That’s why Anna Ralson moved to Chilliwack. She and her husband had grown up in Abbotsford. But in 2019, as they thought about starting a family they turned their eyes to the east.

It was a fortuitous timing. While home prices seemed expensive then, Ralston and her husband landed a townhouse in the Sardis area. They were in their early 30s and late 20s, respectively—at precisely the time when the data suggests many people end up moving to Chilliwack.

For the Ralstons, the decision was simple: they had roots in Abbotsford and went to church there. And Chilliwack was close enough.

“We were looking at house prices and Abbotsford was out of our price range,” she said. “That’s where our families live, but we were looking around and we came out to Chilliwack.”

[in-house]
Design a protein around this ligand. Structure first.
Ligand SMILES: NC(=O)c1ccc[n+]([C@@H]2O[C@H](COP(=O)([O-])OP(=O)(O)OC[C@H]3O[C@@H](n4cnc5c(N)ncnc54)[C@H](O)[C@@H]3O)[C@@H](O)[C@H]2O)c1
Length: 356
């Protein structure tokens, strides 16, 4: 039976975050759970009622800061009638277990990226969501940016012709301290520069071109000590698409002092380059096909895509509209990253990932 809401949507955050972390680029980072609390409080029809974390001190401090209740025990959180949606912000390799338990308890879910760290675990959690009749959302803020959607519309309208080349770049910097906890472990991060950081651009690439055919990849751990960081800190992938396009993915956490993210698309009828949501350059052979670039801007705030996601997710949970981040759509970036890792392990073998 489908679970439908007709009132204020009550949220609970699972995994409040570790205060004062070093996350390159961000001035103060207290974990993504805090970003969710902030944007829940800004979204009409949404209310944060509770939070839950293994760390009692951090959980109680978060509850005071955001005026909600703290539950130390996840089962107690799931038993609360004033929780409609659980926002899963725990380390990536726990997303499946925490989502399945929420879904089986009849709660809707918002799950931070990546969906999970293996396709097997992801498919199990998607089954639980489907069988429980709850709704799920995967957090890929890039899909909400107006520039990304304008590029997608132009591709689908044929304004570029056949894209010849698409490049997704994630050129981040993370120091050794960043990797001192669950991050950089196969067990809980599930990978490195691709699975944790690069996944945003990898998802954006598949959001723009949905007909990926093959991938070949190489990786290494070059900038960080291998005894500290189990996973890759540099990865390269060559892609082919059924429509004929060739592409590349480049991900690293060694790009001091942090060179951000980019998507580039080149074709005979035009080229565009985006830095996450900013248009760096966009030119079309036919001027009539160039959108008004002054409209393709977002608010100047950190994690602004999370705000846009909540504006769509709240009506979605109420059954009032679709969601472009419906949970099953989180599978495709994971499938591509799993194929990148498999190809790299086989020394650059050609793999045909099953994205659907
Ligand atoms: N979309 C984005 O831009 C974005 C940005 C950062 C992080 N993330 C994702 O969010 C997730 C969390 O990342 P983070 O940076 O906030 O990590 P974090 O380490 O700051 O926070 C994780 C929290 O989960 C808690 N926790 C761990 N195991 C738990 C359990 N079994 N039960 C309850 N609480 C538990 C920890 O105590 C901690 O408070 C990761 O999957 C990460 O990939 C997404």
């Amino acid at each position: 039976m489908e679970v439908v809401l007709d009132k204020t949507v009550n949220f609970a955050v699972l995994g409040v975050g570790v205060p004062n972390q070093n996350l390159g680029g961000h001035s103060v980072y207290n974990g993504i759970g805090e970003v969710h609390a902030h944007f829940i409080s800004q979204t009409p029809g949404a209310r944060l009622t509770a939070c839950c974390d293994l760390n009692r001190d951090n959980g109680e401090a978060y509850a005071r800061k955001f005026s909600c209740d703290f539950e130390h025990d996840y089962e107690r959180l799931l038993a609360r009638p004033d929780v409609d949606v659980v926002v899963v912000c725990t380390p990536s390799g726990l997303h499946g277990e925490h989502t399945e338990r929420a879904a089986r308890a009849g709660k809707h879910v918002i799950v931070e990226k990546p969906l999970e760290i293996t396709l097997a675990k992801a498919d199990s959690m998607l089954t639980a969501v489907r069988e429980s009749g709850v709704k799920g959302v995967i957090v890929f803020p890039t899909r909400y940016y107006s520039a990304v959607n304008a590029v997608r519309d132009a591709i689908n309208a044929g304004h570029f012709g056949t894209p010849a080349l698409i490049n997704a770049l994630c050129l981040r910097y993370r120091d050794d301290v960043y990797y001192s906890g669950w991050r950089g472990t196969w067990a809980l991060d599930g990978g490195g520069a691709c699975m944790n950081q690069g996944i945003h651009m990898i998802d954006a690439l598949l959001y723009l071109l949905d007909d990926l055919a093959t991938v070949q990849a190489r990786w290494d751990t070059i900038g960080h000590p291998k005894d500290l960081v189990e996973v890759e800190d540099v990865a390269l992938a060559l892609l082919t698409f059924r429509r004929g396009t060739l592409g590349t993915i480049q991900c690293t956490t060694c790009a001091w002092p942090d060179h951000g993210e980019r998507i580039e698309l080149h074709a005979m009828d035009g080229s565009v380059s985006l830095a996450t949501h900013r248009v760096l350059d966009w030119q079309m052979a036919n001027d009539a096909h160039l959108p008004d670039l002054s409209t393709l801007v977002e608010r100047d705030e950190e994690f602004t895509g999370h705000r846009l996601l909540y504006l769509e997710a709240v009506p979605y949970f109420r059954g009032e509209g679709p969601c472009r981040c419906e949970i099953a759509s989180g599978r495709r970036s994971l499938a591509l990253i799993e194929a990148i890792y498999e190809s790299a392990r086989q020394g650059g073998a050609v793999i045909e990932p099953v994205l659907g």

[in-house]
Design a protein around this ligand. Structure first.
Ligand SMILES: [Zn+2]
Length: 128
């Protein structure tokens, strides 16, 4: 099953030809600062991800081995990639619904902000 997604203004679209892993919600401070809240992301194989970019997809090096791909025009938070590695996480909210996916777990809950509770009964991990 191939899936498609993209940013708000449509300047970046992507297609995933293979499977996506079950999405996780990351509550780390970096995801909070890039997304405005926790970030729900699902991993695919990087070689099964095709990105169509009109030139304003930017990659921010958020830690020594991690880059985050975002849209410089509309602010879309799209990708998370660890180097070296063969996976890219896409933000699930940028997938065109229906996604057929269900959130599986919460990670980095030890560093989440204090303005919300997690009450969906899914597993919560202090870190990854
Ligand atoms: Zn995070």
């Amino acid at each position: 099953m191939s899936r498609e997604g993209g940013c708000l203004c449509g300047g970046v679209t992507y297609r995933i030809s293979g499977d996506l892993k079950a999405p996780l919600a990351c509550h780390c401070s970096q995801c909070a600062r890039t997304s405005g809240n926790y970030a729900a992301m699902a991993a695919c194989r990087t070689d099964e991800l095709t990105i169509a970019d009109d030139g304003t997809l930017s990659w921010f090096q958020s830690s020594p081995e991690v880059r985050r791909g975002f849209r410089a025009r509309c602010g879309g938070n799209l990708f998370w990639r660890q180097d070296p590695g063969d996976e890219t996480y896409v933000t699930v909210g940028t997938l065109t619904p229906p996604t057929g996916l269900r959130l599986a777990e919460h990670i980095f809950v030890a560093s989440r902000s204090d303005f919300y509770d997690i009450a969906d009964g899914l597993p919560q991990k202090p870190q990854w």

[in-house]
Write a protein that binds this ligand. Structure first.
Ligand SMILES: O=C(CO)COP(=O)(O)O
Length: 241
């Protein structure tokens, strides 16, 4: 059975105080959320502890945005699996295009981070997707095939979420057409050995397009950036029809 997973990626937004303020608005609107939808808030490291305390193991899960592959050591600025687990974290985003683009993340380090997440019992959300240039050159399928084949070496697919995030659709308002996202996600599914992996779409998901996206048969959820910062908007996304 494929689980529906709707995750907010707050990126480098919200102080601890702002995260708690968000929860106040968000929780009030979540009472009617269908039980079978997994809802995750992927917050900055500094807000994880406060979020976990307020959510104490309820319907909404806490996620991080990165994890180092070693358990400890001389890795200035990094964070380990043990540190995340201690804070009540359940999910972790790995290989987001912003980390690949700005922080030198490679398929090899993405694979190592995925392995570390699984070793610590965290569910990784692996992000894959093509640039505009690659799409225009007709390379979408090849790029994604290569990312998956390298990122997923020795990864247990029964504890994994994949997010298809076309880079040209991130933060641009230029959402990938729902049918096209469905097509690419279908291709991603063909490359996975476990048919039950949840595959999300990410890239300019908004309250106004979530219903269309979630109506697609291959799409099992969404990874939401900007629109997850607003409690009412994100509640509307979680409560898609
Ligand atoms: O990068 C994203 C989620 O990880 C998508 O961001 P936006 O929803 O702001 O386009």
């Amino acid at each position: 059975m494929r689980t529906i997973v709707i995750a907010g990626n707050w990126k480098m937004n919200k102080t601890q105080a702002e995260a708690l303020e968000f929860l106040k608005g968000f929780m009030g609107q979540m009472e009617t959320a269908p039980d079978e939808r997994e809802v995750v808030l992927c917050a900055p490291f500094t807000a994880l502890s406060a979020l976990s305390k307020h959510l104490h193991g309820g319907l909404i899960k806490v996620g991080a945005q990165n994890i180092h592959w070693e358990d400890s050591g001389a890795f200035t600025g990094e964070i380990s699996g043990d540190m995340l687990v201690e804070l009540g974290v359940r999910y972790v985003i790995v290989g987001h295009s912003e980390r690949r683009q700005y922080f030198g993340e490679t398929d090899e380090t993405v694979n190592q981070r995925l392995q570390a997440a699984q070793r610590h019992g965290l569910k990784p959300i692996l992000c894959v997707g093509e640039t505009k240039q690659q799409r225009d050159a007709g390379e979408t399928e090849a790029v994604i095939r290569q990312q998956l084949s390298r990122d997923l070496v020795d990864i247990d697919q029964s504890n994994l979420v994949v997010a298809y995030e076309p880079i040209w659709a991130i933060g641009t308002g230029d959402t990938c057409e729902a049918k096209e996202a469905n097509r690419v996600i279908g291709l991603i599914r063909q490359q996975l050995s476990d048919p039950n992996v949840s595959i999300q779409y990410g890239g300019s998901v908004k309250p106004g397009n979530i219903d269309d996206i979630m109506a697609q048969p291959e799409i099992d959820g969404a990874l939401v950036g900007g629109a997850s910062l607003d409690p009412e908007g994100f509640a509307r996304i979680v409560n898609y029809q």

The decision has worked out well.

“We really like the outdoor opportunities. We didn’t even know it until we moved here but we’re really close to the Vedder River, being in Sardis, and we walk along there all the time. “And we like that it was more of a small-town feel.”

And just like that, two young adults were added to the Statistics Canada figures for Chilliwack, and subtracted from Abbotsford-Mission’s tally. Last summer, one more addition was made: Ralston and her husband had their first child, a daughter who was one of 1,134 kids born to mothers living in Chilliwack last year.

Tomorrow, we’ll unveil data about which Fraser Valley towns and cities—and which parts of which cities—are seeing the most births.

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Tyler Olsen

Managing Editor at Fraser Valley Current